4. You should avoid using a third party if the information can be obtained directly(This also depends on the difficulty involved).

5. When the שואל gives over any derogatory details (דברי גנאי), he must be careful to say it in an uncertain manner, e.g., "I heard something derogatory about Ploni, but don’t take it as a fact since it may not be true.”15 He should also not mention his source of information, e.g., “Yaakov said this about Ploni.” This could be rechilus and result in causing harm to Yaakov. 16

6. It is prohibited to ask someone who has any enmity towards the person you are inquiring about.17 (Under certain strict conditions, this is permitted if there is no other way to obtain the information. In this case, a rav should be consulted).

7. It is permissible to ask about personal appearance. However, the נשאל should be cautioned to state facts and not his opinion of how the young person looks (See #7 of נשאל).

8. Once the shidduch is finalized, it is prohibited to hear or say anything derogatory about the boy or girl, especially if it can break off the shidduch. If something serious has been discovered, e.g., health condition or serious character flaw, a Rav should be consulted.18

סוף דבר – In conclusion:

Until you clarify beyond any doubt that a statement isn’t lashon hara, assume that it is (ספק דאורייתא). Many people are faced with a dilemma: To tell or not to tell? Whatever is lashon hara is prohibited to mention. Whatever is לתועלת – beneficial – is not only permissible but a חיוב, an obligation, to tell. A person withholding this information transgresses the לאו of על דם רעך לא תעמוד (You shall not stand aside while your fellow’s blood is shed).19 However, in between what’s prohibited and what’s permissible lies a large gray area; so just as you wouldn’t pasken (decide) complicated שאלה (halachic question) in hilchos Shabbos or kashrus, certainly don’t decide without consulting a Rav.

Our goal is, that shidduchim, which by all accounts ought to proceed smoothly, should not terminate solely because we spoke lashon hara, while ill-fated shidduchim should not be allowed to continue because we remained silent when we were obligated to speak up.
Condensed from an article מרפא לשון Torah Journal, vol. 3, and a lecture by Rav Moshe M. Lowy of Toronto.

1. הל' לשוה"ר ד: י"א
2. הל' רכילות ט:ג תנאי ג' ושם בסוף ציור שלישי - ז'
3. הל' לשוה"ר י : י"ד ובאמ"ח ססק"ט, הל' רכילות ט :ב תנאי ד'
4. הל' רכילות כלל ט' באמ"ח סק"ט ובהג"ה
5 שם ט :ב תנאי ה' ובבאמ"ח
6. Rav Y. Y. Fisher (quoted in the article)
7. ibid. based on באמ"ח הל' רכילות כלל ט' ציור ג' סק"י
8. ibid. Based on הל' רכילות פ"ט ציור ג' ס"ו
9. הל' לשוה"ר י : ט"ו, רכילות ט :ב תנאי ב'
10. הל' לשה"ר ד : י"א
11. הל' רכילות ט : ג תנאי ג' , ושם בסוף ציור שלישי - ז'
12. הל' לשוה"ר ו :י , רכילות ה :ב
13. הל' לשוה"ר ג : ז
14. הל' רכילות ט : י"ב תנאי ד'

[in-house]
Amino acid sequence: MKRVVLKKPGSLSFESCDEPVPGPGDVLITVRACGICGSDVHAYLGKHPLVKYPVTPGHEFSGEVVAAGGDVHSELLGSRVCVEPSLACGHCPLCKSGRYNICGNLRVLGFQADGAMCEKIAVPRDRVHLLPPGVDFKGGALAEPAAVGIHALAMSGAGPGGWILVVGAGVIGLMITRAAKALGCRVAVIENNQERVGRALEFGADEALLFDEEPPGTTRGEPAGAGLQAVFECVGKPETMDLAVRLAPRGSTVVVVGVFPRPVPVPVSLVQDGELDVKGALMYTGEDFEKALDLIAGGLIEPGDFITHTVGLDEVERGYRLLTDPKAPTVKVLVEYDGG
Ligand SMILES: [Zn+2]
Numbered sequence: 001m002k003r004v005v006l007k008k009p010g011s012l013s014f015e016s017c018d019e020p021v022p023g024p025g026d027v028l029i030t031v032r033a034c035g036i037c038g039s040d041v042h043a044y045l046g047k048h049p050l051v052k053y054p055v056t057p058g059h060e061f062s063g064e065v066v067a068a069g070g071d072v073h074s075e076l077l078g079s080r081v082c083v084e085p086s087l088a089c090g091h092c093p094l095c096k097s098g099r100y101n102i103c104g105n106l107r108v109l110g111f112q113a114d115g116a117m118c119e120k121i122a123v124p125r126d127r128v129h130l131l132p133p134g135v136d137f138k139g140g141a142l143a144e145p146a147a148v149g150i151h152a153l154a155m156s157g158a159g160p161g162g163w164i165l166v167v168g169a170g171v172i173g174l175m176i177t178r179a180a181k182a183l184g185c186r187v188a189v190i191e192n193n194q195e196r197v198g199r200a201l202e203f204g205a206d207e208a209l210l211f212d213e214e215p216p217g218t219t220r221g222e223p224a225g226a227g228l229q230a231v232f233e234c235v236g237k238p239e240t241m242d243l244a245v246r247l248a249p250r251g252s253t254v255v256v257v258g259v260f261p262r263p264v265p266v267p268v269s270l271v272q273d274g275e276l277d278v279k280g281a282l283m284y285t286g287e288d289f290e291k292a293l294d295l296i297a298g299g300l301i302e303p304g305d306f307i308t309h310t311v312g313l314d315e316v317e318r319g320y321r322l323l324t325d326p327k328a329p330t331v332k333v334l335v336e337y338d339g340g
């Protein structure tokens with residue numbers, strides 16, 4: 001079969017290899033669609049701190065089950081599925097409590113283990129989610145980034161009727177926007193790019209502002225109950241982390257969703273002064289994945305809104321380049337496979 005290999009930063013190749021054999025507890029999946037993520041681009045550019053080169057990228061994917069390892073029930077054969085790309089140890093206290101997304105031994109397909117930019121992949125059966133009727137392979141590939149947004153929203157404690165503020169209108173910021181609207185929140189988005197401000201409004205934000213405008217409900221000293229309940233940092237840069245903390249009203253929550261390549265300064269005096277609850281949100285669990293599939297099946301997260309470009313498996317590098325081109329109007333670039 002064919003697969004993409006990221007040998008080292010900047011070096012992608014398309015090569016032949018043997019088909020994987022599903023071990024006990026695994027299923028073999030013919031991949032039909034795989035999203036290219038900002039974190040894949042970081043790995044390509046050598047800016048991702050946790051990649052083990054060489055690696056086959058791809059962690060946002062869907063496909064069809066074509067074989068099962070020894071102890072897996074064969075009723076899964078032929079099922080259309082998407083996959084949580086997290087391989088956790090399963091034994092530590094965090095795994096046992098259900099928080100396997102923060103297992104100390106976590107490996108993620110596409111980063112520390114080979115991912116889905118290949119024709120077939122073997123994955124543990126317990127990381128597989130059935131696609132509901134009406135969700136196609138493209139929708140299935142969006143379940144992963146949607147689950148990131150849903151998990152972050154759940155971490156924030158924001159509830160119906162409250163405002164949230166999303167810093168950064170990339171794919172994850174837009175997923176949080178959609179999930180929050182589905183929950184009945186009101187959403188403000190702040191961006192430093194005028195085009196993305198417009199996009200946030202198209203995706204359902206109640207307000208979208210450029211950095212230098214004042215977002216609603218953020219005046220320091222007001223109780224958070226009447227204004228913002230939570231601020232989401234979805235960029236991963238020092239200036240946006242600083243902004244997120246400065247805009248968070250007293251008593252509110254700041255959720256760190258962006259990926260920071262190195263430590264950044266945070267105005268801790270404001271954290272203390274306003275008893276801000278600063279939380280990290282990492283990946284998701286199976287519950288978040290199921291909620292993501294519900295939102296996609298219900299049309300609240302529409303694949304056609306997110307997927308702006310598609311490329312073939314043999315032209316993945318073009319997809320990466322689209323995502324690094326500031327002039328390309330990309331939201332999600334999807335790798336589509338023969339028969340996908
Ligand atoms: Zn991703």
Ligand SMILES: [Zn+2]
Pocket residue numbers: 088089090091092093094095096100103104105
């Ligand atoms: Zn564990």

15. שם כלל ט באמ"ח סק"ט
16. שם סע' ב' פרט ג' בסוגריים, ובבאמ"ח סק"ה, ובסע' י"ב אופן ה'
17. הל' לשוה"ר ד : י"א בהג"ה
18. הל' רכילות ט : ה
19. שם ט':א' ובבאמ"ח. This is also alluded to by the fact that these two
prohibitions appear in the same pasuk (Vayikra 19:16)

(Picture courtesy of

Click here to get Dixie Yid in your e-mail Inbox.

Friday, August 22, 2008

High School for Teen Girls at Risk Needs Assistance

I received the following e-mail from Rabbi and Rebbetzin Micha and Yehudis Golshevsky, who have known Basy and Raviv Shaked, the founders and heads of Tzofiah High School, for years. With their word about the importance and credibility of this organization, I know for sure that it is extremely worthy. Please read the e-mail below and consider donating online or mailing a check to one of the addresses below.

Q. Who is helping young girls from frum families in crisis? Girls abandoned, orphaned or raised in extremely dysfunctional homes, who turn to drugs, alcohol, promiscuity, petty theft, self-mutilation & eating disorders?

A. Tzofiah High School in Ramat Beit Shemesh, founded by Rabbi Raviv & Basy Shaked.

Tzofiah's students, girls from "glatt kosher" homes…

Meet Malki, the youngest of eight children from NY. One Friday night, when Malki was ten years old, her parents got into an argument. Huddled outside the bedroom, she & her twin brother were petrified by their mother's screams. Peeking through a crack in the doorway, they watched their father beat their mother until she was no longer screaming. While their father sat in prison for murder, Malki lived with a single relative who expected her to help with expenses by stealing from local supermarkets. By the time she got to Tzofiah, Malki was full of rage, tearful, distrustful & almost incapable of engaging in any form of relationship. To make matters worse, her life skills were non-existent & she was reading at the level of a second grader.

After two very challenging years at Tzofiah, Malki was able to say: "I don't do stupid things anymore because I love myself too much! I never thought I'd be able to read & now I'm getting A's just like all my friends! I have a job & it doesn't overwhelm me. I can't believe this is me!"

An unusual story? Unfortunately I can easily tell you sixty more tales of severe crisis in the Jewish community.

Tzofiah…pikuach nefesh, every day…

Tzofiah, a dormitory school, founded in 2000 for English-speaking girls from the US , Israel and other countries, addresses their mental health needs as well as offering them a high school diploma, a certified vocation & an opportunity to re-explore Judaism & become productive members of society.